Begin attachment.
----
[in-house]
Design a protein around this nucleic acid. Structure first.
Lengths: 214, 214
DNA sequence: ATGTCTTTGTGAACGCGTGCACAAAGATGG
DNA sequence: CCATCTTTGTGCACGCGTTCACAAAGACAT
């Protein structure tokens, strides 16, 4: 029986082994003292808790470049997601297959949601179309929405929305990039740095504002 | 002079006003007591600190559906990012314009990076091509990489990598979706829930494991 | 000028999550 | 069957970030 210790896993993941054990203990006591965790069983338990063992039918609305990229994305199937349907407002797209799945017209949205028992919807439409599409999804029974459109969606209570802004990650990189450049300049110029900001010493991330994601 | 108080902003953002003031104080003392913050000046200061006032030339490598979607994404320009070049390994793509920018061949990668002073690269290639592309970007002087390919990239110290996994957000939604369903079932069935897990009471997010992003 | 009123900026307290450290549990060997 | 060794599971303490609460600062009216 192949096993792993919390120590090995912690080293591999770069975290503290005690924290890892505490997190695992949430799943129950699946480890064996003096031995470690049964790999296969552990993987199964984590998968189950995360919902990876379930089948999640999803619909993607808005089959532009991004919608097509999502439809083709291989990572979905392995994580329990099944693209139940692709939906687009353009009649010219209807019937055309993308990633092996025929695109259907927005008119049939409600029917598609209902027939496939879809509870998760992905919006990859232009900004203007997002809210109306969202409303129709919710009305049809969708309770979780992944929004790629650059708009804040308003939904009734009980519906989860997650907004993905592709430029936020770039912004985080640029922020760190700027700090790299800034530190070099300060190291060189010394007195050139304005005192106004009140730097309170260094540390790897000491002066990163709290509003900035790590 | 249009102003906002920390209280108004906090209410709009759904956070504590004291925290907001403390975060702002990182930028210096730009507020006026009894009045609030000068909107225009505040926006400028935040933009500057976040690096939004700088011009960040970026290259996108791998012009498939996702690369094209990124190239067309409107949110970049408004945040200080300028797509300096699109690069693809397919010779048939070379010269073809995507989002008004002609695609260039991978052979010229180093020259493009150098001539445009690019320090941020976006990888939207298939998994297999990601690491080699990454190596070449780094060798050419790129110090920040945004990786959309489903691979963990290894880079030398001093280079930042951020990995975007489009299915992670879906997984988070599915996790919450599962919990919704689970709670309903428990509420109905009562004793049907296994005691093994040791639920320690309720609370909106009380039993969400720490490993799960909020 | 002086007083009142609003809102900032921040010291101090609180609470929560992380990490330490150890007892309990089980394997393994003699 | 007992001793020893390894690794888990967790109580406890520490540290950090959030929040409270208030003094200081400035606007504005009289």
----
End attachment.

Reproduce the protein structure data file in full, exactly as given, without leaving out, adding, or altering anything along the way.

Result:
[in-house]
Design a protein around this nucleic acid. Structure first.
Lengths: 214, 214
DNA sequence: ATGTCTTTGTGAACGCGTGCACAAAGATGG
DNA sequence: CCATCTTTGTGCACGCGTTCACAAAGACAT
């Protein structure tokens, strides 16, 4: 029986082994003292808790470049997601297959949601179309929405929305990039740095504002 | 002079006003007591600190559906990012314009990076091509990489990598979706829930494991 | 000028999550 | 069957970030 210790896993993941054990203990006591965790069983338990063992039918609305990229994305199937349907407002797209799945017209949205028992919807439409599409999804029974459109969606209570802004990650990189450049300049110029900001010493991330994601 | 108080902003953002003031104080003392913050000046200061006032030339490598979607994404320009070049390994793509920018061949990668002073690269290639592309970007002087390919990239110290996994957000939604369903079932069935897990009471997010992003 | 009123900026307290450290549990060997 | 060794599971303490609460600062009216 192949096993792993919390120590090995912690080293591999770069975290503290005690924290890892505490997190695992949430799943129950699946480890064996003096031995470690049964790999296969552990993987199964984590998968189950995360919902990876379930089948999640999803619909993607808005089959532009991004919608097509999502439809083709291989990572979905392995994580329990099944693209139940692709939906687009353009009649010219209807019937055309993308990633092996025929695109259907927005008119049939409600029917598609209902027939496939879809509870998760992905919006990859232009900004203007997002809210109306969202409303129709919710009305049809969708309770979780992944929004790629650059708009804040308003939904009734009980519906989860997650907004993905592709430029936020770039912004985080640029922020760190700027700090790299800034530190070099300060190291060189010394007195050139304005005192106004009140730097309170260094540390790897000491002066990163709290509003900035790590 | 249009102003906002920390209280108004906090209410709009759904956070504590004291925290907001403390975060702002990182930028210096730009507020006026009894009045609030000068909107225009505040926006400028935040933009500057976040690096939004700088011009960040970026290259996108791998012009498939996702690369094209990124190239067309409107949110970049408004945040200080300028797509300096699109690069693809397919010779048939070379010269073809995507989002008004002609695609260039991978052979010229180093020259493009150098001539445009690019320090941020976006990888939207298939998994297999990601690491080699990454190596070449780094060798050419790129110090920040945004990786959309489903691979963990290894880079030398001093280079930042951020990995975007489009299915992670879906997984988070599915996790919450599962919990919704689970709670309903428990509420109905009562004793049907296994005691093994040791639920320690309720609370909106009380039993969400720490490993799960909020 | 002086007083009142609003809102900032921040010291101090609180609470929560992380990490330490150890007892309990089980394997393994003699 | 007992001793020893390894690794888990967790109580406890520490540290950090959030929040409270208030003094200081400035606007504005009289």